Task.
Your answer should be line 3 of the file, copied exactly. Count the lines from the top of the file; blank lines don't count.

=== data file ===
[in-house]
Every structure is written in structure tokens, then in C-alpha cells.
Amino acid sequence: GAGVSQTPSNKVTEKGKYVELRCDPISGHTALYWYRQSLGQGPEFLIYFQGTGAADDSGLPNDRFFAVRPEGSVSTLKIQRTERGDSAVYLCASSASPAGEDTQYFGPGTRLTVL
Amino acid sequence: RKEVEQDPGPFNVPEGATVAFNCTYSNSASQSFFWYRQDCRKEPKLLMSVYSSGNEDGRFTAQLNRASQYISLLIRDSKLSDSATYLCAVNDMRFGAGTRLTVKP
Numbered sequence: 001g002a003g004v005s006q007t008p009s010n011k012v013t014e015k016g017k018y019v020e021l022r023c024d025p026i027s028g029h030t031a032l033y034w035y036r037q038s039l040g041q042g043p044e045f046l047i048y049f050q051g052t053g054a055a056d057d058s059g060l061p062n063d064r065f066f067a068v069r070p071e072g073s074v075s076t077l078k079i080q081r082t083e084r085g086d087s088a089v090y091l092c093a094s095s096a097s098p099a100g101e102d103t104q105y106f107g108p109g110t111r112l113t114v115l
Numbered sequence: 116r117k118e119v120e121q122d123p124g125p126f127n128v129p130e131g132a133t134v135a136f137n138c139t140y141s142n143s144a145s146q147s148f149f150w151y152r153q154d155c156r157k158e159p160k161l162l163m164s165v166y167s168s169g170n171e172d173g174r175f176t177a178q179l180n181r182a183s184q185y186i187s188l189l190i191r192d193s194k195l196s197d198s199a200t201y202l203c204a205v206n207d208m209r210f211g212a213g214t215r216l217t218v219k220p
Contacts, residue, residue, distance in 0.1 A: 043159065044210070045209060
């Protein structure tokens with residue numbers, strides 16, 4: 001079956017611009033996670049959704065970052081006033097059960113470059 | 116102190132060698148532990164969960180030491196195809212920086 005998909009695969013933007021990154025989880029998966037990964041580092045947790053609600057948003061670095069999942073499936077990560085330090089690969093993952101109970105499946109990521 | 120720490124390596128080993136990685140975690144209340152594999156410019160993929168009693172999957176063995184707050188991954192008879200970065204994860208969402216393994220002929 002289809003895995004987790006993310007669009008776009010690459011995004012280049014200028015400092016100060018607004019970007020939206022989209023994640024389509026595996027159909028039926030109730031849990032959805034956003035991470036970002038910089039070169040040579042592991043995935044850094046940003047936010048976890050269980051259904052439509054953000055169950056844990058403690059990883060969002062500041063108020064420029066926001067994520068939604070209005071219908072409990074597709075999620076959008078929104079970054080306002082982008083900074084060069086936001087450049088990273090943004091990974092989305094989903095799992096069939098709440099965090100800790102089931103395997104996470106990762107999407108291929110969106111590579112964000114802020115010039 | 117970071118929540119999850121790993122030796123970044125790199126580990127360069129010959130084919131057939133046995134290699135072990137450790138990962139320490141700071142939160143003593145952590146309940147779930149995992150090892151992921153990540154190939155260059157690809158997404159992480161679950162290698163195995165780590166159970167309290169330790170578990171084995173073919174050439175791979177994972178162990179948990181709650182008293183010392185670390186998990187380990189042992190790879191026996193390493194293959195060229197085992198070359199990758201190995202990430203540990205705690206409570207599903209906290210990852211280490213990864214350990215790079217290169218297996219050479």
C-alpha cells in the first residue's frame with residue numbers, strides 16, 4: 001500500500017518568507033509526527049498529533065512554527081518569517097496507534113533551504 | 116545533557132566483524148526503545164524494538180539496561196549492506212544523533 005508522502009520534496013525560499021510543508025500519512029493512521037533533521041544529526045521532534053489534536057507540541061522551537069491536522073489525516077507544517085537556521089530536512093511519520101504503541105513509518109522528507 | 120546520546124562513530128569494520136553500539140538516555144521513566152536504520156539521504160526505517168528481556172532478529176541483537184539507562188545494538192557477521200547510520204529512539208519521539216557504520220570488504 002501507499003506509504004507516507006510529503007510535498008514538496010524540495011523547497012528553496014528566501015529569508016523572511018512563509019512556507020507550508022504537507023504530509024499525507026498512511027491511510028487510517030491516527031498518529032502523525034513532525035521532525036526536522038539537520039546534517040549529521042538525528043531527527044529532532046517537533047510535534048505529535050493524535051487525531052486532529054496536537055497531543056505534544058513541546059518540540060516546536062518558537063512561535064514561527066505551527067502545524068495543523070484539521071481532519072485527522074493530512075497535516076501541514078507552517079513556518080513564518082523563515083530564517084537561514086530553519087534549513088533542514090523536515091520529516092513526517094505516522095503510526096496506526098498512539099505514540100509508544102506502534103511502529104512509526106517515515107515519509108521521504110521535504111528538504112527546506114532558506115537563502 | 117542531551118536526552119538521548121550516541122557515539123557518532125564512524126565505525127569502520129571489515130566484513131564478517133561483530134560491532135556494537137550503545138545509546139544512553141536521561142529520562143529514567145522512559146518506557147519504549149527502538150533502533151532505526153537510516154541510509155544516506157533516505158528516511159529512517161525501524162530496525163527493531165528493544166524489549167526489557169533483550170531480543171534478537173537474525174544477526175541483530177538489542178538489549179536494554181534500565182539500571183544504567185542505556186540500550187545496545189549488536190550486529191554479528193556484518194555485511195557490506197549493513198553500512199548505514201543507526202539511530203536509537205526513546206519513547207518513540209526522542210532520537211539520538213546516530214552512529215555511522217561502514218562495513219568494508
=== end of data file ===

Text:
Amino acid sequence: GAGVSQTPSNKVTEKGKYVELRCDPISGHTALYWYRQSLGQGPEFLIYFQGTGAADDSGLPNDRFFAVRPEGSVSTLKIQRTERGDSAVYLCASSASPAGEDTQYFGPGTRLTVL